Sunday, September 08, 2013

My Son, the Labour Organiser

A few months ago, the  chocolate  I use introduced their "New, Easy Break" baking chocolate bar. It is still the same price, but contains 4 ounces rather than 8. I don't know who they think they are fooling. Look, prices go up, I get that. Re-designing the product so that I need to store more packets in my already crowded pantry is silly. Make the price be the price, and stop all this nonsense of shrinking the product size.

Today, I found myself at a grocer I've never shopped before (as our regular store is being picketed in a labour dispute, and I sure as hell am not about to cross a picket). Instead of three minutes to our regular place, this took seven. Hardly a drive across town. Well, imagine my happy face when I saw they still had the old, 8 ounce chocolate packets for less than the new ones. I checked the date, and they're good well into next year. I bought  quite a lot. By the time we get through with Halloween, Christmas, Birthdays, and the like, I'll run through most of that stash. I would have bought it all, but that seemed unfair, if someone just ran out and needed a packet to make something.

We get to the checkout, and the elderly cashier asks Danny if he likes chocolate, seeing the stack of packets. He launches into an outraged tirade about how companies will do anything to make money, how they are misleading thieves, and how we wouldn't even be shopping here in the first place if our regular grocery chain wasn't "exploiting their workers." I didn't think this would be a good time to point out that the people who harvest the cocoa are among the most exploited workers in the world. I just let him continue.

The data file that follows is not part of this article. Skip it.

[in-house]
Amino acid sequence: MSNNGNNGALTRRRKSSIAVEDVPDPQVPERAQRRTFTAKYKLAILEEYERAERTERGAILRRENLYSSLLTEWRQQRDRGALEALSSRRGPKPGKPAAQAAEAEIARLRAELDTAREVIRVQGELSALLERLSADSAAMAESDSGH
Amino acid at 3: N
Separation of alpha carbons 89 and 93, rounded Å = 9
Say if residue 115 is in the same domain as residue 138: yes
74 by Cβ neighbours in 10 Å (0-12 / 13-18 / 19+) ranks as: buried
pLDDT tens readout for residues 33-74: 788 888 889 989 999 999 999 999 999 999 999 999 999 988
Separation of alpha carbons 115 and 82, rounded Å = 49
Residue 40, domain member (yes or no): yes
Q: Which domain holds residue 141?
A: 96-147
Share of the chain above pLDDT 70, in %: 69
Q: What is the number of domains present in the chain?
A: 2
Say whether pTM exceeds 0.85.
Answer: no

"How old is he?" the poor woman wanted to know.
"Eight and a half."
"I'd vote for him."

So as she rang our order, they had a little chat about living wages, job security, and solidarity with the workers. What she didn't know is that this kid presented me with a "contract" and union membership card he drew when he was about five. Some kids draw cartoons, mine drew up a contract. He thought I wasn't being fairly compensated for the housework, and cooking.

I had to get little Hoffa out of there before he strolled into the break room, and tried organising everyone.

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